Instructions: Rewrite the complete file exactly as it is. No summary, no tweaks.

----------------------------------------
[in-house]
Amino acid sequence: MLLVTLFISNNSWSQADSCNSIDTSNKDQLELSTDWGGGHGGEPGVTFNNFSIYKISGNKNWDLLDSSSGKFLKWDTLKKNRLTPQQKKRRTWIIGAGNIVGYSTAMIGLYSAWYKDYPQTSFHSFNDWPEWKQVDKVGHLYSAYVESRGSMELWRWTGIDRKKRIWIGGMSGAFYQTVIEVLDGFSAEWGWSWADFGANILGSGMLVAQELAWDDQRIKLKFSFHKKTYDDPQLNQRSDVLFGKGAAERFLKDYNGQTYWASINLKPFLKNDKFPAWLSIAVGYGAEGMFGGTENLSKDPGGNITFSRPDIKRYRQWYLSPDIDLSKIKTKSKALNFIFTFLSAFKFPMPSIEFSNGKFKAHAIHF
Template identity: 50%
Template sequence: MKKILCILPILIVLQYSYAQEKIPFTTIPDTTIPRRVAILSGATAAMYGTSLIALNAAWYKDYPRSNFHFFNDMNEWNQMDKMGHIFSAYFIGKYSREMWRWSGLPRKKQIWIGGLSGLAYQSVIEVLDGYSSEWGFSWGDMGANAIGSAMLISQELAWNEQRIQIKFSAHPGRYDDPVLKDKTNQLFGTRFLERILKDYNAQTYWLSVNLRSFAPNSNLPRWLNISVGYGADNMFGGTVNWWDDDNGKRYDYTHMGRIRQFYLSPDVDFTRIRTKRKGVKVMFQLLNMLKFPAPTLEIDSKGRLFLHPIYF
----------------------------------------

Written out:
[in-house]
Amino acid sequence: MLLVTLFISNNSWSQADSCNSIDTSNKDQLELSTDWGGGHGGEPGVTFNNFSIYKISGNKNWDLLDSSSGKFLKWDTLKKNRLTPQQKKRRTWIIGAGNIVGYSTAMIGLYSAWYKDYPQTSFHSFNDWPEWKQVDKVGHLYSAYVESRGSMELWRWTGIDRKKRIWIGGMSGAFYQTVIEVLDGFSAEWGWSWADFGANILGSGMLVAQELAWDDQRIKLKFSFHKKTYDDPQLNQRSDVLFGKGAAERFLKDYNGQTYWASINLKPFLKNDKFPAWLSIAVGYGAEGMFGGTENLSKDPGGNITFSRPDIKRYRQWYLSPDIDLSKIKTKSKALNFIFTFLSAFKFPMPSIEFSNGKFKAHAIHF
Template identity: 50%
Template sequence: MKKILCILPILIVLQYSYAQEKIPFTTIPDTTIPRRVAILSGATAAMYGTSLIALNAAWYKDYPRSNFHFFNDMNEWNQMDKMGHIFSAYFIGKYSREMWRWSGLPRKKQIWIGGLSGLAYQSVIEVLDGYSSEWGFSWGDMGANAIGSAMLISQELAWNEQRIQIKFSAHPGRYDDPVLKDKTNQLFGTRFLERILKDYNAQTYWLSVNLRSFAPNSNLPRWLNISVGYGADNMFGGTVNWWDDDNGKRYDYTHMGRIRQFYLSPDVDFTRIRTKRKGVKVMFQLLNMLKFPAPTLEIDSKGRLFLHPIYF